And in this context I think we should acknowledge the crucial and generous role played by Bangladesh in hosting these refugees. Yet, while there has been progress in addressing their humanitarian needs (including the donor conference that took place in Geneva yesterday), we are yet to witness meaningful action on the international political front.
The principle of the Responsibility to Protect was adopted at the UN World Summit in 2005, following the shameful failure of the international community to adequately respond to mass atrocities committed in Rwanda and former Yugoslavia during the 1990s. Silence and inaction in the face of atrocities tainted the reputation and credibility of the UN and the international community. We must not repeat the mistakes of the past.
The government of Myanmar has a primary Responsibility to Protect all its diverse populations, regardless of ethnicity, religion or citizenship status. Despite the transition to democracy, the current government appears manifestly unwilling to uphold that responsibility. The international community must therefore take appropriate and timely diplomatic action and uphold its responsibilities.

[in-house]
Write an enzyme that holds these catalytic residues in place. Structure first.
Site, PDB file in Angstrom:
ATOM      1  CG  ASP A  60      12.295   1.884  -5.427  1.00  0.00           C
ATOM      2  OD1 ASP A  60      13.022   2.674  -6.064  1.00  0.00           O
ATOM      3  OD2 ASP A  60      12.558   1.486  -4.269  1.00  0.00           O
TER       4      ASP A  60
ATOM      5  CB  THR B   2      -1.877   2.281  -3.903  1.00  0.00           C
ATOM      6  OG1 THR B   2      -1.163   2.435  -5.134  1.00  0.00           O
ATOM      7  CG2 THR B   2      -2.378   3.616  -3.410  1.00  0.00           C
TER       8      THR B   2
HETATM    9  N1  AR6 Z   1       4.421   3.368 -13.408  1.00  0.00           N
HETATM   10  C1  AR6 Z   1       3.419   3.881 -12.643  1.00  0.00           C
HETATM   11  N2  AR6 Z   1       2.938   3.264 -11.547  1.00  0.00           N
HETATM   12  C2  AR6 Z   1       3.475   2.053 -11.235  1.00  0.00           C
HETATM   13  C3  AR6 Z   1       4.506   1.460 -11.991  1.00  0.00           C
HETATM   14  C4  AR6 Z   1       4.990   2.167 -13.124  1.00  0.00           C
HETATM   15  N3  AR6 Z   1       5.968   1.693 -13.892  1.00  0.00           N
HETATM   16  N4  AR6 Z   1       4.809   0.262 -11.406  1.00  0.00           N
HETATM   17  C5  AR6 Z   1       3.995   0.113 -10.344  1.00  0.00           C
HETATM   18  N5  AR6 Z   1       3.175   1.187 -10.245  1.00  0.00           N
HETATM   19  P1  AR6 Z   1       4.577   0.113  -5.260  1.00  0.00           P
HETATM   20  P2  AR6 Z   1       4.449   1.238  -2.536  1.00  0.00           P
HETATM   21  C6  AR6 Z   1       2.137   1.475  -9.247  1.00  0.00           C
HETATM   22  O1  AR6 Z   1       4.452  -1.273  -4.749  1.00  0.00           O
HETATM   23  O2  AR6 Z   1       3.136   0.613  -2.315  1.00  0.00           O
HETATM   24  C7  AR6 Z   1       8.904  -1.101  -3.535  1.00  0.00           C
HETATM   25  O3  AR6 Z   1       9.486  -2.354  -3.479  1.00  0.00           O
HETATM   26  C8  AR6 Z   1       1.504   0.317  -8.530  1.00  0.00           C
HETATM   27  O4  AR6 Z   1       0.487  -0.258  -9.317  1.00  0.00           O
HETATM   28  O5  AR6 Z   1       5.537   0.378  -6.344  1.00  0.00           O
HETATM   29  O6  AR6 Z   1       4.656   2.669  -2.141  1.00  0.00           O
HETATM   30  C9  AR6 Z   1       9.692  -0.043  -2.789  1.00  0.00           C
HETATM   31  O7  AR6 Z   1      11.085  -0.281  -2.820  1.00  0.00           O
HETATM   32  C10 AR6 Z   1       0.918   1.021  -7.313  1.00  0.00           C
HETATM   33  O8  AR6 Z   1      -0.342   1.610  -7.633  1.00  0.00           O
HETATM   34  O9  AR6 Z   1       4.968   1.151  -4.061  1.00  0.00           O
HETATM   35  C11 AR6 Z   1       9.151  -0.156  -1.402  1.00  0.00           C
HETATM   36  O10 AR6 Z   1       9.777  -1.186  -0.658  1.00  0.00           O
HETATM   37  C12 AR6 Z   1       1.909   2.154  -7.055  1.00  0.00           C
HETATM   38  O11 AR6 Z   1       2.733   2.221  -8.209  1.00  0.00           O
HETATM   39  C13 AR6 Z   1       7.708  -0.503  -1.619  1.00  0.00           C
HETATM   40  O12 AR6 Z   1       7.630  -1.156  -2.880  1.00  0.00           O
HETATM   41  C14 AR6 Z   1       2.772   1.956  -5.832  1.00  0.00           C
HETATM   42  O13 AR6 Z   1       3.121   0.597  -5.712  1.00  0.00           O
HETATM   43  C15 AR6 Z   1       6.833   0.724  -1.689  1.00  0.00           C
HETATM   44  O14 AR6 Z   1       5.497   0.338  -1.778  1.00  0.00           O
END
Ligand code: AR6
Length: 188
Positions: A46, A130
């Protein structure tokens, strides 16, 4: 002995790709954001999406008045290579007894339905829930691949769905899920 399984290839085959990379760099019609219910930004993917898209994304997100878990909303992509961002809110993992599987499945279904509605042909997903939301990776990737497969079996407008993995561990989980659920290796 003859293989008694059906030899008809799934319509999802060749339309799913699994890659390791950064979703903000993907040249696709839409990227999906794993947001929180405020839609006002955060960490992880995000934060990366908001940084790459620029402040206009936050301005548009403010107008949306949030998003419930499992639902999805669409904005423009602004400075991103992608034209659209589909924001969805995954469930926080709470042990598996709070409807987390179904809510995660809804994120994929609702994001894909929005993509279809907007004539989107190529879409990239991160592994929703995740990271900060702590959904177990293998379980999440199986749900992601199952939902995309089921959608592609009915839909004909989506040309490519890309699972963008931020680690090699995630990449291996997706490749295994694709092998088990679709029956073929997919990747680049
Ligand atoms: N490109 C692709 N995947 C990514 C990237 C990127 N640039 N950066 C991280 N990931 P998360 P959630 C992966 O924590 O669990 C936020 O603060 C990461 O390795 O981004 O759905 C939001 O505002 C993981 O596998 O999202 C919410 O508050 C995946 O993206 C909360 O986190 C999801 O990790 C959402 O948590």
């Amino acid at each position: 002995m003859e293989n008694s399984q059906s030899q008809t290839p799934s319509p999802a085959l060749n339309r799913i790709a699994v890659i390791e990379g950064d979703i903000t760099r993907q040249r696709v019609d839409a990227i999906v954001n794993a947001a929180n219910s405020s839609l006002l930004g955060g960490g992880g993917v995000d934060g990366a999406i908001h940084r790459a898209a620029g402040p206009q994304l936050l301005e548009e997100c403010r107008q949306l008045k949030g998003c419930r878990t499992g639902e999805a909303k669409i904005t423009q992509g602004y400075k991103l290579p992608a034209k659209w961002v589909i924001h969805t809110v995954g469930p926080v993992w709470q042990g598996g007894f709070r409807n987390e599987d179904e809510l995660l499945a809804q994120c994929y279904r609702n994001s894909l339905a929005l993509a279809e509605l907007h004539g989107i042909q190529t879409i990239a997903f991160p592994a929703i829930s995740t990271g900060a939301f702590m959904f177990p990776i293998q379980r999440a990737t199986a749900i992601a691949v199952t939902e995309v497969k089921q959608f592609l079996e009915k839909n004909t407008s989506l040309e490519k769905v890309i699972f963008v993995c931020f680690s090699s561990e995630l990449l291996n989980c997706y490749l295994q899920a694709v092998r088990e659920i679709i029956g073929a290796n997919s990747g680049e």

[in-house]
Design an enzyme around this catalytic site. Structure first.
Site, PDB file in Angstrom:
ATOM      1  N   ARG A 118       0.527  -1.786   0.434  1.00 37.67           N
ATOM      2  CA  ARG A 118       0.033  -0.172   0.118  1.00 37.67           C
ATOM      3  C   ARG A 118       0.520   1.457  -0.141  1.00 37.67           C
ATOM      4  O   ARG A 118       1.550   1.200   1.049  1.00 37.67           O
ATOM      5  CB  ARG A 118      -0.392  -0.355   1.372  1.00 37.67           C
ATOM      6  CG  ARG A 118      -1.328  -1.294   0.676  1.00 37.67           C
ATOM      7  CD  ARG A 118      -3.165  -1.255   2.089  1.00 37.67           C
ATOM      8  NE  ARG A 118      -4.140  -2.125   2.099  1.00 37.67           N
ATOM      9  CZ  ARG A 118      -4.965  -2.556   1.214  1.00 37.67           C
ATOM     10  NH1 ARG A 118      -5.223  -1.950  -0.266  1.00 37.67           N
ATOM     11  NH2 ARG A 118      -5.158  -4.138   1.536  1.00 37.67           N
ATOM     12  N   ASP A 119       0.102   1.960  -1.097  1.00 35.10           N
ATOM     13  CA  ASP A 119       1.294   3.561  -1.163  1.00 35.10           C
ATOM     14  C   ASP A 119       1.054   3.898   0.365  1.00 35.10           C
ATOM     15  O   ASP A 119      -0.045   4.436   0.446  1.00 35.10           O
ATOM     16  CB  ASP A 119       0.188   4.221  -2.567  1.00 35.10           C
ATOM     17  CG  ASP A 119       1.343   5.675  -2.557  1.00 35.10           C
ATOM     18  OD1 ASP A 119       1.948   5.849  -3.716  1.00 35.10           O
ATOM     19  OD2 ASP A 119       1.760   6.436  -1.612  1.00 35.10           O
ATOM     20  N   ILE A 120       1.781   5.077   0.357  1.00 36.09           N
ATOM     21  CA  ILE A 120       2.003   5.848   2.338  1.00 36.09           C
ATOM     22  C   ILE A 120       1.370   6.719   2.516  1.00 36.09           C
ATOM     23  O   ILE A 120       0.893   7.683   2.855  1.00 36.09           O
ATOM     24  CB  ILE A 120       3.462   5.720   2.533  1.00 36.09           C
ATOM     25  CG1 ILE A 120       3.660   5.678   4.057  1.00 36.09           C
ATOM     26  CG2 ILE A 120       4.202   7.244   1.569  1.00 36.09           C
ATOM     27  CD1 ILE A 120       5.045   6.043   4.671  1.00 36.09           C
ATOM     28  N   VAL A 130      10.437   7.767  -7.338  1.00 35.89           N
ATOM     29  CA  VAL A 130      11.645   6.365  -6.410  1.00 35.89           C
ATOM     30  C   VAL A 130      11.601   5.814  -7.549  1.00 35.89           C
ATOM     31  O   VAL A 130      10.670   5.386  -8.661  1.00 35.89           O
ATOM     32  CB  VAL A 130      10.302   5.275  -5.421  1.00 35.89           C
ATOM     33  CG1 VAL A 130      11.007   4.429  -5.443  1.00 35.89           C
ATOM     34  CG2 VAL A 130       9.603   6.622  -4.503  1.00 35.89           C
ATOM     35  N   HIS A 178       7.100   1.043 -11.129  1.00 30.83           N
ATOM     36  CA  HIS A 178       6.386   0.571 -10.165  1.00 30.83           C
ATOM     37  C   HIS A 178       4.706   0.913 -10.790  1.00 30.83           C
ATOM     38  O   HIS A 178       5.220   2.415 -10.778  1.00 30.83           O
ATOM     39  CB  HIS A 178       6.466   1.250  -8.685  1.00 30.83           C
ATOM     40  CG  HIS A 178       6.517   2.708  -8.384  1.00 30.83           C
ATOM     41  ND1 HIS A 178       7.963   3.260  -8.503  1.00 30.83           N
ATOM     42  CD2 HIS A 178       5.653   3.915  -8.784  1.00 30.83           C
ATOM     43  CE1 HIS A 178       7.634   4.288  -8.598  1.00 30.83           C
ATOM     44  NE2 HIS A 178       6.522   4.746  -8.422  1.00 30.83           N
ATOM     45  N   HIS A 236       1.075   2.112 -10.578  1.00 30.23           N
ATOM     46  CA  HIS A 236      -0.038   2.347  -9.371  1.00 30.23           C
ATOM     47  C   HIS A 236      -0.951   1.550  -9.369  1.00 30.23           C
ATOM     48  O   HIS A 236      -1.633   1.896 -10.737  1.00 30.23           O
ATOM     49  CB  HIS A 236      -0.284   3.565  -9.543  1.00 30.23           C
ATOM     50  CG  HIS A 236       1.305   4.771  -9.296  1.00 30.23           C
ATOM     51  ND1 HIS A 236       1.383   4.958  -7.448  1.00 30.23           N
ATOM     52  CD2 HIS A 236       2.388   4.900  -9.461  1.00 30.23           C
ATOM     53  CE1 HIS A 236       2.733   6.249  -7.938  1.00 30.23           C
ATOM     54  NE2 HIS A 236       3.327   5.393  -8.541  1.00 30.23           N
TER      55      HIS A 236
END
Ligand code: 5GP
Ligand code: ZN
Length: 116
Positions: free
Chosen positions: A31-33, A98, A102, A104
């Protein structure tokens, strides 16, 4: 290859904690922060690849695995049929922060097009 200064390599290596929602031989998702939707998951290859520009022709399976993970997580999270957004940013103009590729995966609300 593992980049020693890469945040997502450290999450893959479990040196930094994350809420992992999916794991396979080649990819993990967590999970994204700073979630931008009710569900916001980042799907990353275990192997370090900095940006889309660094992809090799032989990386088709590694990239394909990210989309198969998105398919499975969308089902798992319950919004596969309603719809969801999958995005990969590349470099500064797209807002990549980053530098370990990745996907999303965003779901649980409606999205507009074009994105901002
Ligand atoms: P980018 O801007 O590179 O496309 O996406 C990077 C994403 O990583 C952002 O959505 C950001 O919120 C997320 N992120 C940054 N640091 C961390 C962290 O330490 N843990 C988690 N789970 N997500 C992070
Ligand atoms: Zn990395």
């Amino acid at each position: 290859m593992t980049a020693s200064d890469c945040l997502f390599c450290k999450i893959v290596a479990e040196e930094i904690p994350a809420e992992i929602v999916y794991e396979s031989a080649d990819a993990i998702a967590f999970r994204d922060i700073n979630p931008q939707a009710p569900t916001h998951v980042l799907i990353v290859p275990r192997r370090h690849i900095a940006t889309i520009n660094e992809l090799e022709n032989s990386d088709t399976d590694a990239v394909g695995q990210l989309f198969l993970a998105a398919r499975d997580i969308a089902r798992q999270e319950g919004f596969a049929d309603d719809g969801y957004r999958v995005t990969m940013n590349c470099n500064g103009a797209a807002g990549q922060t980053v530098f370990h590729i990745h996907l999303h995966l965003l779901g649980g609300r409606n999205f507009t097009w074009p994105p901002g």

This meeting will explore various tracks that the international community can pursue, including through the Security Council, General Assembly as well as regional and bilateral action.
The international community can no longer prevent atrocities from happening, but it can take action to help end them and to hold perpetrators accountable.
Excellencies, colleagues, at the risk of unnecessarily prolonging this gathering, I think the message from today’s meeting is clear – the world must uphold its responsibility to protect the Rohingya people. And I would add, that democracy and prosperity in Myanmar can not be built on the bones of the Rohingya. My own organization joins those who have called for:
Colleagues, friends, I thank our co-host Bangladesh and the panelists, and I thank you for your patience.